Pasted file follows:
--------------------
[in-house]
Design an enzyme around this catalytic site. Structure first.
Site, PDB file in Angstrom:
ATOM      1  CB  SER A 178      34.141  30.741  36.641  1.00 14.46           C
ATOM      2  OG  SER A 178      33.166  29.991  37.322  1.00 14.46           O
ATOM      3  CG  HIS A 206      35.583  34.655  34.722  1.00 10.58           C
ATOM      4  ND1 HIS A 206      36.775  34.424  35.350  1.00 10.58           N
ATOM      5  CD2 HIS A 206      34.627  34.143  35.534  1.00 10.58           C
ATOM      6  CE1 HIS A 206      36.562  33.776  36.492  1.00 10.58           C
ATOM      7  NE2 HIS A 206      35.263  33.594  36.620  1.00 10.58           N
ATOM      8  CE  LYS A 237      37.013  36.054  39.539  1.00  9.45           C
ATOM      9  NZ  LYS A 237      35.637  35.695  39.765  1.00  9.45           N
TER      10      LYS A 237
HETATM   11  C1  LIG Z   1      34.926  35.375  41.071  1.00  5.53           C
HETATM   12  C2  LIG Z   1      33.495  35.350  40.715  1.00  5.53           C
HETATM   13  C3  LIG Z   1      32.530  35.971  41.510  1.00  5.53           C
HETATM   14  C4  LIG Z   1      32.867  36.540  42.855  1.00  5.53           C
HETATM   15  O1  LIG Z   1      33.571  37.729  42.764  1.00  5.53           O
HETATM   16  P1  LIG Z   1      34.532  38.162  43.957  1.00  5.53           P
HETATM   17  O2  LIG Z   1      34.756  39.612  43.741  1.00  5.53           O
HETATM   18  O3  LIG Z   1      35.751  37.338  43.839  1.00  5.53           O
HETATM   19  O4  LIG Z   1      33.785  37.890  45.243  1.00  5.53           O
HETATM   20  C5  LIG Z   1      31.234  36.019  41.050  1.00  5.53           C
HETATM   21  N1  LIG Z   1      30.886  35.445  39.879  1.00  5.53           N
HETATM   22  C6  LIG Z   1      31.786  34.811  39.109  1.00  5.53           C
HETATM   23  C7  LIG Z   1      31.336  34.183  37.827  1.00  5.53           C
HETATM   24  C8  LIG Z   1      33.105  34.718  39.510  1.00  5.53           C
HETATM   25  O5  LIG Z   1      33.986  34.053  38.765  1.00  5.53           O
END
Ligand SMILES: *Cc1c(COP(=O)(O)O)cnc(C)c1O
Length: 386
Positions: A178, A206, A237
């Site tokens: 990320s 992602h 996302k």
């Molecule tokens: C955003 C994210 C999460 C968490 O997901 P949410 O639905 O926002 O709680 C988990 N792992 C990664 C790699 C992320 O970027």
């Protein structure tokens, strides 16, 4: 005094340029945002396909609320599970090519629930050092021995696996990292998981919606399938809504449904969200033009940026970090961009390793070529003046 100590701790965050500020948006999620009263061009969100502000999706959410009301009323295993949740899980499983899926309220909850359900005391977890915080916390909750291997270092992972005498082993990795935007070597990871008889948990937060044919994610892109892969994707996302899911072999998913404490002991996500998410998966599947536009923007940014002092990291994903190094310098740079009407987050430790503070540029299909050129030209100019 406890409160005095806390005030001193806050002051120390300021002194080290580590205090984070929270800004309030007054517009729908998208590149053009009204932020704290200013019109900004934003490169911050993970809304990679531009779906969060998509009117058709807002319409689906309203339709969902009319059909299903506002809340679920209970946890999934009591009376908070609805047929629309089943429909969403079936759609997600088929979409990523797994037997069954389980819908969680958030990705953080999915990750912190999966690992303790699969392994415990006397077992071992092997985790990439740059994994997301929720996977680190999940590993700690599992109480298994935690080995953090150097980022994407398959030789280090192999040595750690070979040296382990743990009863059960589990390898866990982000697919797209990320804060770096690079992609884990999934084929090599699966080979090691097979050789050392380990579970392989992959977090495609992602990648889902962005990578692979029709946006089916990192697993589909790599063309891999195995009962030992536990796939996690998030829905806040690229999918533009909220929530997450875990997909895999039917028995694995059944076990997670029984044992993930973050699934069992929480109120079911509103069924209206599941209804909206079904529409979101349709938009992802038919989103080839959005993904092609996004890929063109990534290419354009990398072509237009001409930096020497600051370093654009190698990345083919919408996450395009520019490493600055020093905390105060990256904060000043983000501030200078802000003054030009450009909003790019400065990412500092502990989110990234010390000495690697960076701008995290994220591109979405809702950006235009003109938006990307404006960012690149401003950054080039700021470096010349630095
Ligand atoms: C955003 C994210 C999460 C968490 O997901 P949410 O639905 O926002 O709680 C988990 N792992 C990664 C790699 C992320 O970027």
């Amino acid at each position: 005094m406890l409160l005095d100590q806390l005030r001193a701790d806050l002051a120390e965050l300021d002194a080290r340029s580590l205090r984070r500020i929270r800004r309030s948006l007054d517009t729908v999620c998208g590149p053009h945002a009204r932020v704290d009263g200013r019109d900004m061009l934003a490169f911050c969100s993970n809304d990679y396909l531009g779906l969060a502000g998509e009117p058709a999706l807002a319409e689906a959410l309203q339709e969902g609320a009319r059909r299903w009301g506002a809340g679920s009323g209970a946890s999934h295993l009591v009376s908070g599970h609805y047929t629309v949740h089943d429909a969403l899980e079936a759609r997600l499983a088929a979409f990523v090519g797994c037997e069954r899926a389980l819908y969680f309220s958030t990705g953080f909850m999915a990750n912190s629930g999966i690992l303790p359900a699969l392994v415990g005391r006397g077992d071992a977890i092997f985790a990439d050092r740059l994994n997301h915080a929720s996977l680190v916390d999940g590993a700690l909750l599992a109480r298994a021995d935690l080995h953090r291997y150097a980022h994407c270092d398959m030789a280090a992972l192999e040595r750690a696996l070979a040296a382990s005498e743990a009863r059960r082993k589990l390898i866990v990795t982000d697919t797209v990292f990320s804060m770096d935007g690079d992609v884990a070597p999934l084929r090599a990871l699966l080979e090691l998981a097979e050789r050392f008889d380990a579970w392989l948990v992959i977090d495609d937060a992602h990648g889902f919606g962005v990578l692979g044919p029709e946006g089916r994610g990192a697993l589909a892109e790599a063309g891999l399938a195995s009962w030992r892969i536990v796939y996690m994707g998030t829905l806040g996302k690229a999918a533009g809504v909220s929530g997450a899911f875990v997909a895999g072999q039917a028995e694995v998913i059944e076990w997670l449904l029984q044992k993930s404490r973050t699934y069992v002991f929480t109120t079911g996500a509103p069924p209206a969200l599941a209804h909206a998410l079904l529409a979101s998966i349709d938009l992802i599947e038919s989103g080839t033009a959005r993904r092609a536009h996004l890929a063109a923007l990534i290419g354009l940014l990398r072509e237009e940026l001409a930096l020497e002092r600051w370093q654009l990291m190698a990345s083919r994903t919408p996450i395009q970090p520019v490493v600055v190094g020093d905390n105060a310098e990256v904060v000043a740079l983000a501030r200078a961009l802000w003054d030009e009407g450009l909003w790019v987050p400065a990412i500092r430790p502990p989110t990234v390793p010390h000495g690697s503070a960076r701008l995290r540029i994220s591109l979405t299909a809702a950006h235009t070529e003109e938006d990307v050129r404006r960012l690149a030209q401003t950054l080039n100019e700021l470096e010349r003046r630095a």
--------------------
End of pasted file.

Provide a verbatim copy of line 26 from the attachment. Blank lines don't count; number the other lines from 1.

HETATM   23  C7  LIG Z   1      31.336  34.183  37.827  1.00  5.53           C